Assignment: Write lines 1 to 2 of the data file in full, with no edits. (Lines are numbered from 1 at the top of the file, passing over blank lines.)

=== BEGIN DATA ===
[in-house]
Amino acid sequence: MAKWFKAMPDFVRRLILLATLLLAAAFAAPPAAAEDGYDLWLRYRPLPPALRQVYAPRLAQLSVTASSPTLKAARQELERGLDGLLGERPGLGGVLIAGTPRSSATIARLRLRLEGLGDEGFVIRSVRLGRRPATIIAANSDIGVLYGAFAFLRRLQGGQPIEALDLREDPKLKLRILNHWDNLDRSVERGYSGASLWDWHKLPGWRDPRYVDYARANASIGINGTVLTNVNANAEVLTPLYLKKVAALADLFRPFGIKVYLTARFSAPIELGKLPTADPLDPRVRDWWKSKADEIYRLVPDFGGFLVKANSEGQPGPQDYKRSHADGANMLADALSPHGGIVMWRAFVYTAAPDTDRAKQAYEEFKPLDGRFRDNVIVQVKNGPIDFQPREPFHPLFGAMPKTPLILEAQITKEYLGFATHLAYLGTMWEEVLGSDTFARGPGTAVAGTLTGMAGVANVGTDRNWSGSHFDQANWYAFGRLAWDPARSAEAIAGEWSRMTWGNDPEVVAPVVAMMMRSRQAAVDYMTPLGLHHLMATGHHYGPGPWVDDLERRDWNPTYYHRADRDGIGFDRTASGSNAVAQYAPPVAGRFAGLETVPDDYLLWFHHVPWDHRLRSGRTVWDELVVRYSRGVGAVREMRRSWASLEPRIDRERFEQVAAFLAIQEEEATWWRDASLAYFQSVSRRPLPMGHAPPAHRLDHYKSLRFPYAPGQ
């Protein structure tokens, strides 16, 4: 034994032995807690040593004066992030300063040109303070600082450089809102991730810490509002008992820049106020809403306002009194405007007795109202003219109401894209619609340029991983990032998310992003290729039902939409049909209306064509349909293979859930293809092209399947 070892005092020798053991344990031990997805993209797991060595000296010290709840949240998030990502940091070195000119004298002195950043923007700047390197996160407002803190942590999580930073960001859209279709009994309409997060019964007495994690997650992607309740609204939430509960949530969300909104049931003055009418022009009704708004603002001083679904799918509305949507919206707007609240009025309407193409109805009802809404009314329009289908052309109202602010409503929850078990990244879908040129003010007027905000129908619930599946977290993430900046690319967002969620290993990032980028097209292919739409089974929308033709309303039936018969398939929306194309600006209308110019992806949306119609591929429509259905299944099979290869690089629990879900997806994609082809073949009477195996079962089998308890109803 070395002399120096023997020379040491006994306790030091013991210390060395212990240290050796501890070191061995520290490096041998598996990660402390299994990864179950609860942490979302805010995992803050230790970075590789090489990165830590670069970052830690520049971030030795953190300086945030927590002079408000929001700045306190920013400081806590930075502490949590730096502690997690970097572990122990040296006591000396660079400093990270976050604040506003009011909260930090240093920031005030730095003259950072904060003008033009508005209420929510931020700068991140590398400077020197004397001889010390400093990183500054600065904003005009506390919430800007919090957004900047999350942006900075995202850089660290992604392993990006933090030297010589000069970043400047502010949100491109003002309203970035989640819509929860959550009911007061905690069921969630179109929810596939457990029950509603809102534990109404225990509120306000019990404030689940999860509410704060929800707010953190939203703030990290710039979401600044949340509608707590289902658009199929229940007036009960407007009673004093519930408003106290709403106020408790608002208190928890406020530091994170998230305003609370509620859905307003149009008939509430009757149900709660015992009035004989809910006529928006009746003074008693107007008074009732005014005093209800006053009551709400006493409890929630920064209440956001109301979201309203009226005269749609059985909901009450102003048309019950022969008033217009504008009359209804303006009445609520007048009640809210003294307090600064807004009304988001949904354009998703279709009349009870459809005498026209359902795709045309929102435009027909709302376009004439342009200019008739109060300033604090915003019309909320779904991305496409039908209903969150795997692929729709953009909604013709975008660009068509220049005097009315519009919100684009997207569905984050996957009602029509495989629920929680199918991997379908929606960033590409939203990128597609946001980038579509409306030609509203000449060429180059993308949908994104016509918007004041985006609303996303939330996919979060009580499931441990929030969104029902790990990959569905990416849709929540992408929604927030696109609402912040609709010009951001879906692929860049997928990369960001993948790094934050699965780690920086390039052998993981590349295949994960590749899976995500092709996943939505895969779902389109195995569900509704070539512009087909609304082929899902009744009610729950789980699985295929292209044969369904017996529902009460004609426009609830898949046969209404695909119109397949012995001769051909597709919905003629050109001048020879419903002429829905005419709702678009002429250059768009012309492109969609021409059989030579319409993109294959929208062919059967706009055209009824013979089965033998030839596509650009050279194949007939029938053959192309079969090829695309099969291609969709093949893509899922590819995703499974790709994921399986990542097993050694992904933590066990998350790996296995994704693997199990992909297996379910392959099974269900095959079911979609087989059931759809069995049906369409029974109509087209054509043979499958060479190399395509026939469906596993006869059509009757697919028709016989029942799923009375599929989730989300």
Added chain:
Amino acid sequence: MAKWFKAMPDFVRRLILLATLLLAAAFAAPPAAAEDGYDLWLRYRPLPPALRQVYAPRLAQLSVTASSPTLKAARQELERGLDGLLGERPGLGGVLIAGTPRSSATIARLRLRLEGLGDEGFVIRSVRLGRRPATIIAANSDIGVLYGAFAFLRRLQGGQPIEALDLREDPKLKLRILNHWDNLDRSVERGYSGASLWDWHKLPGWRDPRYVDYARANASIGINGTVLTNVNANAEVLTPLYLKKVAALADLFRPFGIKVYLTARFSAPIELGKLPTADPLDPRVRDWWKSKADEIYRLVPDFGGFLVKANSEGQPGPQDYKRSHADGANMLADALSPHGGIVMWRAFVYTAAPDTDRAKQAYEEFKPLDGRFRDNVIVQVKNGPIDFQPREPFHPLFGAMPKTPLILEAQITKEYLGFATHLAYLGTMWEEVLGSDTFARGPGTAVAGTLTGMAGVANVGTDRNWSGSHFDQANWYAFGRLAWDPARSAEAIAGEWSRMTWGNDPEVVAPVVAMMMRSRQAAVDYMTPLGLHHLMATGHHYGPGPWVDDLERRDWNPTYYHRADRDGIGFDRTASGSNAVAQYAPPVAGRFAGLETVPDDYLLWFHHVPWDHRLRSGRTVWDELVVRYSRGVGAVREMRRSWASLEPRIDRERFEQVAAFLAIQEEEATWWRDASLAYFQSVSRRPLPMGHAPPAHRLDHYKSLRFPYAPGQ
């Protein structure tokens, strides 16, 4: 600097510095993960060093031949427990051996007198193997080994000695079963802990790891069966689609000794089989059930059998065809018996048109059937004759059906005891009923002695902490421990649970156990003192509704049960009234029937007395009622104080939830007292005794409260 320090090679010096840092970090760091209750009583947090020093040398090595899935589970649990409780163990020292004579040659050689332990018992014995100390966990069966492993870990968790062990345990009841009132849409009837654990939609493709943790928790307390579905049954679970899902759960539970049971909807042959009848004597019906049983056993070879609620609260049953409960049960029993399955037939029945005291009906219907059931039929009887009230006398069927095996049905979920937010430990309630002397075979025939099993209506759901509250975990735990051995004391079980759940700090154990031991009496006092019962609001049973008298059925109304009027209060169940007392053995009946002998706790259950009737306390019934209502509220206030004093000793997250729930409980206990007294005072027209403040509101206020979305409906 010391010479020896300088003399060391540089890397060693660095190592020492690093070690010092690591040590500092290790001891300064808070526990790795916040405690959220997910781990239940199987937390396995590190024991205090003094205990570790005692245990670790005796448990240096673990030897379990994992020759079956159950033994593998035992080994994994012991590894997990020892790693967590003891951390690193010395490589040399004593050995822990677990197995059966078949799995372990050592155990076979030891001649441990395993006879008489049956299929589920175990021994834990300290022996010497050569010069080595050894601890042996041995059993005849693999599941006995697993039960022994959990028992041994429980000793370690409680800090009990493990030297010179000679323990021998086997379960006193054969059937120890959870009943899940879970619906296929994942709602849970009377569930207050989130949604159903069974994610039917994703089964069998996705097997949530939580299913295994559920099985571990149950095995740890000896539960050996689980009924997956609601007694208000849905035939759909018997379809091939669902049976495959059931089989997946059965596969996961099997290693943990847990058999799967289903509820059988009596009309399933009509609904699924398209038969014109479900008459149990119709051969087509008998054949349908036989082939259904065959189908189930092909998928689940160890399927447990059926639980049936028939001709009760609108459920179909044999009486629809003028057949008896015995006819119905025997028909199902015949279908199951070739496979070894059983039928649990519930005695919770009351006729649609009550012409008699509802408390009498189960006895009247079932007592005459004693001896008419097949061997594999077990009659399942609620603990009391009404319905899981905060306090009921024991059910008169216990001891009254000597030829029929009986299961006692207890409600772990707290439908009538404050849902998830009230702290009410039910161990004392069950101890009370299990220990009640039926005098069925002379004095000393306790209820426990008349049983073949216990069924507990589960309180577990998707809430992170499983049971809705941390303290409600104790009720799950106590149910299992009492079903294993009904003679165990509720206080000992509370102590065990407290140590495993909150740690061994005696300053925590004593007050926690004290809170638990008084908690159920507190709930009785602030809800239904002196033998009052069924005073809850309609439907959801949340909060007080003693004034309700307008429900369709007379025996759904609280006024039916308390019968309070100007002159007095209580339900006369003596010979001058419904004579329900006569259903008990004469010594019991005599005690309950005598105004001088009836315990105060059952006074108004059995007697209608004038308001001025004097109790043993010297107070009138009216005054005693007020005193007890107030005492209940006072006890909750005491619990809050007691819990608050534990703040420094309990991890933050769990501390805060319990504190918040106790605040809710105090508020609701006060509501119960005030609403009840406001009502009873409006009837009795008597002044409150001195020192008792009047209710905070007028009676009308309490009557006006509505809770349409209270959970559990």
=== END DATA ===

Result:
[in-house]
Amino acid sequence: MAKWFKAMPDFVRRLILLATLLLAAAFAAPPAAAEDGYDLWLRYRPLPPALRQVYAPRLAQLSVTASSPTLKAARQELERGLDGLLGERPGLGGVLIAGTPRSSATIARLRLRLEGLGDEGFVIRSVRLGRRPATIIAANSDIGVLYGAFAFLRRLQGGQPIEALDLREDPKLKLRILNHWDNLDRSVERGYSGASLWDWHKLPGWRDPRYVDYARANASIGINGTVLTNVNANAEVLTPLYLKKVAALADLFRPFGIKVYLTARFSAPIELGKLPTADPLDPRVRDWWKSKADEIYRLVPDFGGFLVKANSEGQPGPQDYKRSHADGANMLADALSPHGGIVMWRAFVYTAAPDTDRAKQAYEEFKPLDGRFRDNVIVQVKNGPIDFQPREPFHPLFGAMPKTPLILEAQITKEYLGFATHLAYLGTMWEEVLGSDTFARGPGTAVAGTLTGMAGVANVGTDRNWSGSHFDQANWYAFGRLAWDPARSAEAIAGEWSRMTWGNDPEVVAPVVAMMMRSRQAAVDYMTPLGLHHLMATGHHYGPGPWVDDLERRDWNPTYYHRADRDGIGFDRTASGSNAVAQYAPPVAGRFAGLETVPDDYLLWFHHVPWDHRLRSGRTVWDELVVRYSRGVGAVREMRRSWASLEPRIDRERFEQVAAFLAIQEEEATWWRDASLAYFQSVSRRPLPMGHAPPAHRLDHYKSLRFPYAPGQ